Niraj Varma, MA, MD, PhD, FRCP: I agree with Dr. Singh. We treat patients to treat symptoms and also to improve their outcomes. Outcomes for the heart failure population are heart failure hospitalization and survival. If we reduce heart failure hospitalization, that is a significant response. For improved survival, that is a very significant response. If we make patients feel better, that itself is a therapeutic effect. There is a spectrum of effect, as there is with pharmacological tools. When we treat patients, some people do very well. It is usually a minority. Some people do less well and some do modestly. Still, that is an improvement. One of our roles is to improve the progress of patients who are doing modestly well, because there are certain techniques that we can use and that we are beginning to understand, particularly with programming. With interventions for structural heart disease, whether it is valvular regurgitation or intercurrent ischemia, there are several other things, but post-implant monitoring is very important.

Singh: The way we quantify response has a fair amount of subjectivity to it, when we look at quality of life, 6-minute walk test, and the like. These devices have the ability to give us a lot of diagnostic information. For example, the devices can measure physical activity, they can measure heart rate trends, and they can measure transthoracic impedance. In the future, these measures will help us define response because they will be more objective than the conventional measures that we use right now.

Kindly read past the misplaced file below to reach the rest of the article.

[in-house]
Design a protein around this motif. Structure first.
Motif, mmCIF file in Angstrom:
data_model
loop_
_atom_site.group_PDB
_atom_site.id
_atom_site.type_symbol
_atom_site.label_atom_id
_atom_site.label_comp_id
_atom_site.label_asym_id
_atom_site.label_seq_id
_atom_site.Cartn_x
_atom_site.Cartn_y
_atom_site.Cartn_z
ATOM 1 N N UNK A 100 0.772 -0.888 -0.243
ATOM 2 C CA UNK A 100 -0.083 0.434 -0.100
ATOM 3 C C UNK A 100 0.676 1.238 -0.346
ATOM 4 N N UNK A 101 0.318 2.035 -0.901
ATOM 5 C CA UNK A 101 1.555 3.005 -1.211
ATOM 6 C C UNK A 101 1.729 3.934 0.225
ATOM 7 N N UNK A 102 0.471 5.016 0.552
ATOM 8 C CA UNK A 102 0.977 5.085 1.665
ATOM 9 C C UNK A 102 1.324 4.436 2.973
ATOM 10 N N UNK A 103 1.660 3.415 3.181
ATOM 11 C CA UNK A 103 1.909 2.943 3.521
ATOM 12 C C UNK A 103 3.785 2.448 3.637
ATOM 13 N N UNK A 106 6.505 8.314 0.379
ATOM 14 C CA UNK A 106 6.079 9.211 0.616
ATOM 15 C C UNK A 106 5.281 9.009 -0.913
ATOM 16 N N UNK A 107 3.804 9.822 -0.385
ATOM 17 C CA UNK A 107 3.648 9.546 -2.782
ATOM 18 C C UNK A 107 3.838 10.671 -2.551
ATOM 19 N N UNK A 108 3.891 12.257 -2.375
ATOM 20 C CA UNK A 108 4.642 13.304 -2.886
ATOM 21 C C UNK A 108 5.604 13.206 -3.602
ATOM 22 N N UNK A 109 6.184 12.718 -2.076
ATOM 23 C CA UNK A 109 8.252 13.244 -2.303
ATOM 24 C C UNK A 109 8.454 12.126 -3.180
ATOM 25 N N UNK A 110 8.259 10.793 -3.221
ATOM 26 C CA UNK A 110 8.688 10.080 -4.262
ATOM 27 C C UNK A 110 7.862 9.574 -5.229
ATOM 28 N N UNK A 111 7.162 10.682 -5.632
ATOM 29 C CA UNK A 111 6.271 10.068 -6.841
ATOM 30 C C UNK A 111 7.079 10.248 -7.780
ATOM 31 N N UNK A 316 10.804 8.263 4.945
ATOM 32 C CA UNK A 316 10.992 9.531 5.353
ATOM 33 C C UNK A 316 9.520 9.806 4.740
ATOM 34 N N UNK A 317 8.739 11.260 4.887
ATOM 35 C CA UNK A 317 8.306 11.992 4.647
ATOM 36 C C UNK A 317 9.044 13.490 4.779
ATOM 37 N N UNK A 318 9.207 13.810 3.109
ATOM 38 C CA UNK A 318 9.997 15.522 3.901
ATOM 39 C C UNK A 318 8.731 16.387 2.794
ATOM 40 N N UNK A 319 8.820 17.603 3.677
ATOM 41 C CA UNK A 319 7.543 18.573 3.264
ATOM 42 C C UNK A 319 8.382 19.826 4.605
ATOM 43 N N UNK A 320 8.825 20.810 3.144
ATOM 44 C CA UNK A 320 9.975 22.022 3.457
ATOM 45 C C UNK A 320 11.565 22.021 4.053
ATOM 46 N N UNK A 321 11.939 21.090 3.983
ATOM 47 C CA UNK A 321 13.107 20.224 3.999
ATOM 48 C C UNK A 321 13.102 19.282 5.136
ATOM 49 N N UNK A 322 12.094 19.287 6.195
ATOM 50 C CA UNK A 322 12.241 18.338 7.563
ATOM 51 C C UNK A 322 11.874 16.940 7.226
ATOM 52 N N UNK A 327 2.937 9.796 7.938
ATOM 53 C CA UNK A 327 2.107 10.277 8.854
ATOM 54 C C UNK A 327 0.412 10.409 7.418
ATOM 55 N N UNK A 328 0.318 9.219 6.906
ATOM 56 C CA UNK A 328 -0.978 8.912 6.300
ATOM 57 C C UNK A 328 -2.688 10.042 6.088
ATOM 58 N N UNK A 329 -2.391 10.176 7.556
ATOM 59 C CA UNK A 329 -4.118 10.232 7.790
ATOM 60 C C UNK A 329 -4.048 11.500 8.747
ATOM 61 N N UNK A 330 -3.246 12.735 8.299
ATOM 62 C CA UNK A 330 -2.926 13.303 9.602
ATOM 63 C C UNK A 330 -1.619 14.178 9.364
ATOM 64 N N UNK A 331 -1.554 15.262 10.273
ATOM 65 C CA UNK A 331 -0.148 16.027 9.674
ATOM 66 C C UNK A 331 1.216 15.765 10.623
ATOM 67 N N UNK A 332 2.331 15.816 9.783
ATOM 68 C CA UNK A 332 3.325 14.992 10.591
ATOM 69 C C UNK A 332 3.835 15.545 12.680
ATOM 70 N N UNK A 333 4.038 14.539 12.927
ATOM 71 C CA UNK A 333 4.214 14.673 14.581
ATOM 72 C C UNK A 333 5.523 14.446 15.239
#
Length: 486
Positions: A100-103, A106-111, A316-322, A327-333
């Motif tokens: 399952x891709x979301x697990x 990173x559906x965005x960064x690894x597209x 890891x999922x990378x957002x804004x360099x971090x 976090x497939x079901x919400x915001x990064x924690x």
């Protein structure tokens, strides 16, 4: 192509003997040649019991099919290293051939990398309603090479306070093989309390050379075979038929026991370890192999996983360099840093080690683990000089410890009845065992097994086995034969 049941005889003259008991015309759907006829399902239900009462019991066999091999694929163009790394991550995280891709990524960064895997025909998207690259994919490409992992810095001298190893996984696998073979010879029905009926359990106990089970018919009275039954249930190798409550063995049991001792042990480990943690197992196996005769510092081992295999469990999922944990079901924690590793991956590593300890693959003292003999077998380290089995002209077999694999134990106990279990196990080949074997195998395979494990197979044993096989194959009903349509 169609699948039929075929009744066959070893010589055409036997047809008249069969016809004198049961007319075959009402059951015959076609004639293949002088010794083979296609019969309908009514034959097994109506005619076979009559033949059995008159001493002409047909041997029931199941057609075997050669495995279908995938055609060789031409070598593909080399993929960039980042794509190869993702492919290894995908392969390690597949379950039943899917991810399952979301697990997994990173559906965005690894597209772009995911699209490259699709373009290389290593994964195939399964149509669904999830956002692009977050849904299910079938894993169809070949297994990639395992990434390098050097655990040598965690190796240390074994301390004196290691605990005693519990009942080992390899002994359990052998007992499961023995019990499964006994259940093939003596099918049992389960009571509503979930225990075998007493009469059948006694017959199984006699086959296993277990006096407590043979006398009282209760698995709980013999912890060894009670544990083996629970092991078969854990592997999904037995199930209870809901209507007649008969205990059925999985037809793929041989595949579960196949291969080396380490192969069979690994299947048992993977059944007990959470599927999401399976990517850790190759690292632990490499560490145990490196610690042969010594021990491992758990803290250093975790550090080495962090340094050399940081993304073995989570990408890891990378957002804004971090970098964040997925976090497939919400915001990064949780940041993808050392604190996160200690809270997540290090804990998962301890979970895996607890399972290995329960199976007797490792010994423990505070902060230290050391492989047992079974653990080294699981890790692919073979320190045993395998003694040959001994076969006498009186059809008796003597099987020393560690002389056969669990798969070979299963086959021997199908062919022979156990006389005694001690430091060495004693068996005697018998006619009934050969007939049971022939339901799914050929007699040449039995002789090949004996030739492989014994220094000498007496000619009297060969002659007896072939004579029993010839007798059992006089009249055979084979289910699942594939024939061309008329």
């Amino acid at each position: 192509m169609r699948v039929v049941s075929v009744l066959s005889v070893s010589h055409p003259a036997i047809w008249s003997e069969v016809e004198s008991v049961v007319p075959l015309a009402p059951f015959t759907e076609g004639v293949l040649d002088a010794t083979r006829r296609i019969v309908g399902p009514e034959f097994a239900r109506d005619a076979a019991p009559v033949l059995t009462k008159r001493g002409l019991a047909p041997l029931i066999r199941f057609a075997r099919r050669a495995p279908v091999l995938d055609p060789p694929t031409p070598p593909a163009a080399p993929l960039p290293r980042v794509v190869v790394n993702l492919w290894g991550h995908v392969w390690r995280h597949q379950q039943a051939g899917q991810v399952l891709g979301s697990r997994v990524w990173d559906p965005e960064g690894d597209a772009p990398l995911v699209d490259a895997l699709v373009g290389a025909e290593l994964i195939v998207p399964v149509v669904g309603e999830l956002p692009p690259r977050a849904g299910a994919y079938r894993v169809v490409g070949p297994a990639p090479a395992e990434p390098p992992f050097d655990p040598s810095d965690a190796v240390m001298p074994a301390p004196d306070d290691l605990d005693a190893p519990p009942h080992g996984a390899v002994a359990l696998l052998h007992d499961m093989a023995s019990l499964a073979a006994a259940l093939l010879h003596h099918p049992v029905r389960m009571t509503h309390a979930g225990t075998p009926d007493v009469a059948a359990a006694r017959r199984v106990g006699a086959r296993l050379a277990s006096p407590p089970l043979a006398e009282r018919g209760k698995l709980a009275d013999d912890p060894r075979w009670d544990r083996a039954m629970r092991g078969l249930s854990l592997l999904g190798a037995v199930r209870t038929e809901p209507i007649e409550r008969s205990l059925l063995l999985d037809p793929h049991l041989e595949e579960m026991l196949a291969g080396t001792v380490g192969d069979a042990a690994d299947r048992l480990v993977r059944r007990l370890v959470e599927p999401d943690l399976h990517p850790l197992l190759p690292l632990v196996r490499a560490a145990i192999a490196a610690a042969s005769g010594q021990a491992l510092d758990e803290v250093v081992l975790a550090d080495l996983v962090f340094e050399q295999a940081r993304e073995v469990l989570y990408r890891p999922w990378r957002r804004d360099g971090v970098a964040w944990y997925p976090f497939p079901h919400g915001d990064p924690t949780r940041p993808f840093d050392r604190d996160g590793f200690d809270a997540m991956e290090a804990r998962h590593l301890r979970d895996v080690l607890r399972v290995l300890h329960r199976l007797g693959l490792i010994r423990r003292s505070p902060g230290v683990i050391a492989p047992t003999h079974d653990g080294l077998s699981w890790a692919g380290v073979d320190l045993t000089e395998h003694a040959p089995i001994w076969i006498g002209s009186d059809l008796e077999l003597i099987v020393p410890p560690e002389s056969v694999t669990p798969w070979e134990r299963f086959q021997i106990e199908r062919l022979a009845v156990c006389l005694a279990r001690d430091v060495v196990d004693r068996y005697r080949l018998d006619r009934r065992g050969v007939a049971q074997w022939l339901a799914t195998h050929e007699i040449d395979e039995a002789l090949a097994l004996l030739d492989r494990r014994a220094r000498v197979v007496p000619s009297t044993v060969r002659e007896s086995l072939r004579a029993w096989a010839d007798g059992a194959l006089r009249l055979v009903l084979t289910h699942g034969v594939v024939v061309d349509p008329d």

Tomassoni: It will be even more amazing if we can use the data to guide individualization of AV optimization and VV optimization to maximize the chance of responding.

Varma: We have that data instantly available with remote monitoring, but managing that data and assessing the signals from that data, which are important to patient intervention, is a current challenge.

Singh: The field is moving in the direction where a lot of the data will be processed, but they will be also used with baseline covariate data depending on sex, age, and other comorbidities. All of that will eventually get integrated, and then we can individually classify response for certain patients. Again, the fact that we classify response as a whole is really interesting. You need to classify it at the individual level, where they were and where they are now, rather than just saying where they fit into the bucket that we are using for response.

Tomassoni: CRT pacemakers versus CRT implantable cardioverter-defibrillators (ICDs): mortality benefit has been shown for both populations. When do you decide about putting in a pacemaker versus a pacemaker with an ICD in a CRT patient?